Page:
It’s the same cant I’ve heard since childhood. Us vs. Them.  I’d rather read St. Augustine.


9 thoughts on “Heaven, Hell, Faith, History

  1. I am somewhat in tune with your questioning of salvation. I belong to a church that looks to find blessed community here on earth, with no promises or warnings about what happens after we die. We are not even technically Christian any more, although our roots are in liberal Congregationalism. In fact, we welcome all people on a spiritual quest, or wanting to be on a spiritual quest, of whatever belief system they have. We have a burning desire for justice and equality. We seek truth where we can. I couldn’t have found a more copasetic community if I tried. But salvation after death? No.

  2. That very question haunted my youth and eventually led me out of religion. That’s what I call salvation!
    The book sounds interesting. I have a Penn-Dutch branch on my family tree.

    • Yeah — it hit me this morning how much of this is in reaction to the all-pervading church of the middle ages that did a pretty good job overall keeping people happy until the end of the 14th century… OH well.

  3. Being a complete atheist I cannot give very much advice on this subject. However, my great, great, great grandfather (or something like that) was a Huguenot from the area around Montpelier in France who left (escaped) the French as the protestants were being persecuted. I believe they killed quite a few. His family arrived in Germany and from there Jean Louis decided to go to London, him being to blame that I grew up in Bethnal Green. I have his wedding certificate (in french) from the french protestant church in Threadneedle street. He also had a few relatives that did not escape and were working on the galleys. Their name was Camroux and I have the complete family tree section of this family from the 18th century.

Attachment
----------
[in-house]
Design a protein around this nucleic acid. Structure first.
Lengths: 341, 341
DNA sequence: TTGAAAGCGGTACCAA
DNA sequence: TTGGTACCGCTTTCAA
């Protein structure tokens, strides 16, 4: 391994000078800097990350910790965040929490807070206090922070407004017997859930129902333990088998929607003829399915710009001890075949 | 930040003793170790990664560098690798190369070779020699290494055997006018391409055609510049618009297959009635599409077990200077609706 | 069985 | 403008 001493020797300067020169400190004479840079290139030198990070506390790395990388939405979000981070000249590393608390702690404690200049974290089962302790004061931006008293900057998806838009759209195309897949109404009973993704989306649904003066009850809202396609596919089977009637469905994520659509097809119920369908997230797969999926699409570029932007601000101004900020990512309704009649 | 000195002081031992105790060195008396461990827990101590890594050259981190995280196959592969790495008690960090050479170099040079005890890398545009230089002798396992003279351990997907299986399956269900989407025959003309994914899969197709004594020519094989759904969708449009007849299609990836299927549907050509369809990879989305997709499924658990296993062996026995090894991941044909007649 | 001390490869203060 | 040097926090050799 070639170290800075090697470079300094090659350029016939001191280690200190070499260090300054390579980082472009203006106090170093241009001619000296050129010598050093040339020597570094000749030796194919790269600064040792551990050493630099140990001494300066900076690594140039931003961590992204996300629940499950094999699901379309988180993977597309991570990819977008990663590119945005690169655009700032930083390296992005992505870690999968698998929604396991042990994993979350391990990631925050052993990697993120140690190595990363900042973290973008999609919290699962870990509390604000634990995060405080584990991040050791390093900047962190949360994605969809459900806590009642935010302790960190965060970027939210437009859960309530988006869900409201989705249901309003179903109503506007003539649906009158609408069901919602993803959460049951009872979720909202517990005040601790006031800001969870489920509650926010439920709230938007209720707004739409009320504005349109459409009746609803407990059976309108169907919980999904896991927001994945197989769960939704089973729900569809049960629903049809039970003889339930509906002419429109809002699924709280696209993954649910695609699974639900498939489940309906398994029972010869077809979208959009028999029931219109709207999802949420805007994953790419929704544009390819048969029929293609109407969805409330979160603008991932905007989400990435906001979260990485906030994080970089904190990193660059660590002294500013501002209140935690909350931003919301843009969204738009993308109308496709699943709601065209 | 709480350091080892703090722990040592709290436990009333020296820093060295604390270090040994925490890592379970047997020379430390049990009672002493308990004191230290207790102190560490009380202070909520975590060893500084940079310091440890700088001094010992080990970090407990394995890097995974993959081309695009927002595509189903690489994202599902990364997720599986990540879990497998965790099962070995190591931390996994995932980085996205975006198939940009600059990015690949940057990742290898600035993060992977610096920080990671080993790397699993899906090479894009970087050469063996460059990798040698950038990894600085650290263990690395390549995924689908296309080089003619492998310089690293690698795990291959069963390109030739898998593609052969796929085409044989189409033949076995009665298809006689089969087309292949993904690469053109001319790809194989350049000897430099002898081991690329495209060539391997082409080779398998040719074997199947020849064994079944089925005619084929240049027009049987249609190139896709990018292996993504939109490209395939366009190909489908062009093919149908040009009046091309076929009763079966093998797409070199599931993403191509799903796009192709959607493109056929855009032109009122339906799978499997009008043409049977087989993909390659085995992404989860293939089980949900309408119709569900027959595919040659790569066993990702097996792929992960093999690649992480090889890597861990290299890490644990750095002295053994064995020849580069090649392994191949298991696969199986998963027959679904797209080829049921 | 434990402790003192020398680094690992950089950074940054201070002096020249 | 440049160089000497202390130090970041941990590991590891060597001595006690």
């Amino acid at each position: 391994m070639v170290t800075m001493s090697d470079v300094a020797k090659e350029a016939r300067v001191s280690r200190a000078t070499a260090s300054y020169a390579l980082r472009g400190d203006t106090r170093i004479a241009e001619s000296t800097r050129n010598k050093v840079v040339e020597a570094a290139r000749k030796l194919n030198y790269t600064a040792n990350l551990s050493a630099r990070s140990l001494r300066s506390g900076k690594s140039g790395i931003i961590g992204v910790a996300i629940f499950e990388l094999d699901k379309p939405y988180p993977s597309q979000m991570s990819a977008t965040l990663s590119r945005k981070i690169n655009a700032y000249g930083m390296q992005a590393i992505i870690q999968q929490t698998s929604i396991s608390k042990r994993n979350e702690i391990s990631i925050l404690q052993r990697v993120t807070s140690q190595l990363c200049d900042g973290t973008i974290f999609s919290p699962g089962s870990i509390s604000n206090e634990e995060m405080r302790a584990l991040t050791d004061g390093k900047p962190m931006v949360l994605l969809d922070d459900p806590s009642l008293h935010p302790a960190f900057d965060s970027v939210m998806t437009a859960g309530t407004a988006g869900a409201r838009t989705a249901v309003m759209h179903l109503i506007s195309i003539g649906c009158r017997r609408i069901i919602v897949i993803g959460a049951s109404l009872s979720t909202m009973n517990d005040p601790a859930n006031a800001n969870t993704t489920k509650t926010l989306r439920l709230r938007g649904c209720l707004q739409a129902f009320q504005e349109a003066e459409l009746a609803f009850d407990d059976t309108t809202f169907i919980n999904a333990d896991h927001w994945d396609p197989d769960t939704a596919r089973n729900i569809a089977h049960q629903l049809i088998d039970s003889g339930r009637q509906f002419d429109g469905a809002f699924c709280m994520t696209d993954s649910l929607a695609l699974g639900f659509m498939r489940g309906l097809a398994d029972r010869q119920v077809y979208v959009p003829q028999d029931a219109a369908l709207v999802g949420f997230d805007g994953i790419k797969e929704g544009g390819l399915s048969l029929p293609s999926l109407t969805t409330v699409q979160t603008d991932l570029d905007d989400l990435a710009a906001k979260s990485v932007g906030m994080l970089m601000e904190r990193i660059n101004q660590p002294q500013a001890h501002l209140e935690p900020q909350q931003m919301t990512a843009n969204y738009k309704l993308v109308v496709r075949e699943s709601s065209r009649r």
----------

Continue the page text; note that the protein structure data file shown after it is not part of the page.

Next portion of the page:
• That’s fascinating! At that time my Swiss ancestors were running a mill in Affoltern am Albis and others were getting out of Europe. On the other side (of that side) the patriarch of my grandfather’s family was running away from the authorities in Scotland. As for the rest? I guess they were just trying to earn a living somewhere (Ireland and Sweden). It’s funny but I’ve never regarded myself as an atheist. I’ve just felt for a long time that it’s not my business. I can’t change anyone’s mind about their beliefs and I don’t feel I have the right — that’s also against every doctrine of my forbear’s faith. I may not be able to do this since I can’t respect their beliefs at all.

  4. You have my absolute admiration. I’m fairly sure I couldn’t write convincingly about something I didn’t believe. And I agree about salvation – particularly as those most convinced they’re earning it by their strong faith often treat their fellow beings with such contempt.